35. 38. Use the chapter headings <ul><li>Don’t take my baby! </li></ul><ul><li>We love this house </li></ul><ul><li>This is my house </li></ul><ul><li>Something’s happening! </li></ul><ul><li>Sammy is my baby </li></ul><ul><li>Fire! </li></ul><ul><li>I can leave now </li></ul><ul><li>We’re waiting for you </li></ul>Put the chapters in order for the book “The Girl at the Window”.
  36. 39. 3. No dictionaries and no reading aloud! <ul><li>Dictionaries are used for intensive, not extensive, reading. </li></ul><ul><li>Dictionary use during reading interrupts the flow and takes away from the reading for pleasure aspect. </li></ul><ul><li>Most students do not enjoy reading aloud. </li></ul><ul><li>Poor readers often suffer the most when reading aloud, and begin to hate reading in general. </li></ul><ul><li>No one listens to the reader when reading aloud. (Everyone is preparing for their bit!) </li></ul>
  37. 40. 4. Integrate the skills <ul><li>Spoken book / role plays </li></ul><ul><li>Sell your book! </li></ul><ul><li>Write a book review </li></ul><ul><li>Illustrate the story </li></ul><ul><li>Chain story (before reading) </li></ul><ul><ul><li>It’s 6:30 in the morning. Inspector Frank Williams of the Oxford police is in bed. He hears his phone and answers it. </li></ul></ul>
  38. 41. 5. Share experiences <ul><li>Opinion slips at the back of the book </li></ul><ul><ul><li>Liked it or not </li></ul></ul><ul><ul><li>Easy or hard </li></ul></ul><ul><ul><li>Would read it again </li></ul></ul><ul><li>Book awards (Best thriller, Most exciting, Most interesting character, etc) </li></ul><ul><li>Shared book experiences - Teacher reads aloud (Yes! Even to adults!) </li></ul><ul><li>Informal discussions with prompts on the board </li></ul><ul><ul><li>My book was about… </li></ul></ul><ul><ul><li>I really (dis)liked it because… </li></ul></ul><ul><ul><li>My favorite character was… </li></ul></ul>
  39. 42. Comment cards at back of book Rating Your Comment and Your Name 5 I’m afraid earthquake happens to us Susy 5 Great! Gabriel is nice. He is cool. Jaime 4 “ Who is really taking care of me?” I think after reading this book. Yolanda 3 I had a chance to think what’s the most important thing in my life. Hector
  40. 43. Cambridge Readers <ul><li>Lots of teacher resources! </li></ul><ul><li>Lesson plans and teacher’s guides </li></ul><ul><li>Accompanying worksheets </li></ul><ul><li>CDs / audiobooks </li></ul><ul><li>Graded to level of student (placement test on web site) </li></ul><ul><li>Certificate of accomplishment (on web site) </li></ul>
  41. 44. How should we evaluate students?
  42. 45. Case study in Japan <ul><li>Case – 18-19 year old English majors in Osaka, Japan, required to read (extensively) 2000 pages in two semesters. </li></ul><ul><ul><li>Group 1 – wrote a short summary in Japanese </li></ul></ul><ul><ul><li>Group 2 – wrote a summary in English </li></ul></ul><ul><ul><li>Group 3 – wrote a summary in English, with feedback from a teacher, then rewrote the summary. </li></ul></ul><ul><li>Giving feedback about what was read made no significant improvement in student’s English – group 1 had just as much improvement as group 3. Group 2 showed the least improvement over any of the groups. </li></ul>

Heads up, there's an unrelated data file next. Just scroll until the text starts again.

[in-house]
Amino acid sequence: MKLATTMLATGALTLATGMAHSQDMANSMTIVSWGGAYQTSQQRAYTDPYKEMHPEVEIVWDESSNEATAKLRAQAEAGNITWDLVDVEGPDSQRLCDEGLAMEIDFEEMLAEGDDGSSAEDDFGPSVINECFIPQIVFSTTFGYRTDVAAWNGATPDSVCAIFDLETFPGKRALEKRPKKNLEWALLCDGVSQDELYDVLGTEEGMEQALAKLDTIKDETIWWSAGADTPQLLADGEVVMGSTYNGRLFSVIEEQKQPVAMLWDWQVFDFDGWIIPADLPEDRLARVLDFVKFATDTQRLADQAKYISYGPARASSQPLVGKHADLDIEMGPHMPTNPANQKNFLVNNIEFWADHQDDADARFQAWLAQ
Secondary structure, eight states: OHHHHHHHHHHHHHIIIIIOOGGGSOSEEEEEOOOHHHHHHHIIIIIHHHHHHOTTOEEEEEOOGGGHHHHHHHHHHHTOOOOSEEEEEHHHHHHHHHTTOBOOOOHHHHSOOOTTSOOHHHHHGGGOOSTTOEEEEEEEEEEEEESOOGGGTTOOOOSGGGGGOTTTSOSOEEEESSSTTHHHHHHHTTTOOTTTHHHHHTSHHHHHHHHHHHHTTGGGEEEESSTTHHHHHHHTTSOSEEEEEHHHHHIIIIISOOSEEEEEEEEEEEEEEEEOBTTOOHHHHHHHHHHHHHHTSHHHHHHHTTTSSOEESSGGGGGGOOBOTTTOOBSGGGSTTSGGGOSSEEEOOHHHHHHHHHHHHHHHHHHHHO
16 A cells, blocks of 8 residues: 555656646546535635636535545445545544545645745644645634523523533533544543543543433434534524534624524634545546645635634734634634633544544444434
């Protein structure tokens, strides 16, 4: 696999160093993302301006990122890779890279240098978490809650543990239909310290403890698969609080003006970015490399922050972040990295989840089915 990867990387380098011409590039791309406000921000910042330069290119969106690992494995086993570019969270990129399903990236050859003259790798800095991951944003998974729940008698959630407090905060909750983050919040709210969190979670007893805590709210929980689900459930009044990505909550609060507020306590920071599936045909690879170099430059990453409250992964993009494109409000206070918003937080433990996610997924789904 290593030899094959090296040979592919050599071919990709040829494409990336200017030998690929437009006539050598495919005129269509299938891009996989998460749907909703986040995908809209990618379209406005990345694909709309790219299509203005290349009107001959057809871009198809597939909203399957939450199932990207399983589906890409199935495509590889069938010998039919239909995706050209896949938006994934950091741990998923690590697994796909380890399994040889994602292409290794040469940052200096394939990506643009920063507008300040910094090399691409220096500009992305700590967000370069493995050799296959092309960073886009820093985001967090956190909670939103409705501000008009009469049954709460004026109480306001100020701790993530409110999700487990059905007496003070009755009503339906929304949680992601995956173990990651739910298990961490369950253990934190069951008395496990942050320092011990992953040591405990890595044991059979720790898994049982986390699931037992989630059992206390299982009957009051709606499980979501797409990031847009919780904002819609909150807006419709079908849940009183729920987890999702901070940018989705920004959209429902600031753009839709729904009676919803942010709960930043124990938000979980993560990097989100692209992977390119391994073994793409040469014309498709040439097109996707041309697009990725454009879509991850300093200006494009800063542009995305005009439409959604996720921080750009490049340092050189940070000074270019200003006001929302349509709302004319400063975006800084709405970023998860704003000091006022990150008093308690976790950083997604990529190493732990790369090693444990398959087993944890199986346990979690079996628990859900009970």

43. 46. Case study in Japan <ul><li>The research showed that reading itself (and not writing about the reading) was what made the improvements! </li></ul>
  44. 47. Evaluation <ul><li>Ask students how they would like to be evaluated. </li></ul><ul><li>No long summaries </li></ul><ul><li>No comprehension questions </li></ul><ul><li>Students keep a reading diary (how long they read, what they read – 1 sentence) </li></ul><ul><li>Book promotion team (posters, adverts, presentation) </li></ul>
  45. 48. Common complaints <ul><li>“ Reading is boring!” </li></ul><ul><li>“ Reading is a waste of time.” </li></ul><ul><li>“ Reading in English is too hard.” </li></ul>
  46. 49. Reflection <ul><li>Name two things you </li></ul><ul><li>would like to change </li></ul><ul><li>about the way you’ve </li></ul><ul><li>been approaching reading </li></ul><ul><li>in class. </li></ul>
  47. 50. Thank you! [email_address] <ul><li>Bibliography </li></ul><ul><li>Anderson, Neil. Exploring Second Language Reading: Issues and Strategies. Heinle & Heinle, 1999. </li></ul><ul><li>Correia, Rosane. “Encouraging Critical Reading in the EFL Classroom.” English Teaching Forum , Vol. 44, No. 1. 2006. </li></ul><ul><li>Hinkel, Eli. “Current Perspectives on Teaching the Four Skills.” TESOL Quarterly , Vol. 40, No. 1, March 2006. </li></ul><ul><li>Prowse, Philip. “What is the secret of extensive reading?” www.cambridge.org . Downloaded May 9, 2011. </li></ul><ul><li>Villanueva de Debat, Elba. “Applying Current Approaches to the Teaching of Reading.” English Teaching Forum , Vol. 44, No. 1, 2006. </li></ul><ul><li>http://www.developingteachers.com/tips/currenttip.htm . </li></ul><ul><li>Downloaded May 9,2011 . </li></ul>
  48. 51. <ul><li>http://caiutn.wordpress.com </li></ul><ul><li>www.utn.edu.ec </li></ul><ul><li>Emails: [email_address] </li></ul><ul><li>[email_address] </li></ul><ul><li>[email_address] </li></ul><ul><li>“HEADING TO THE TOP” </li></ul>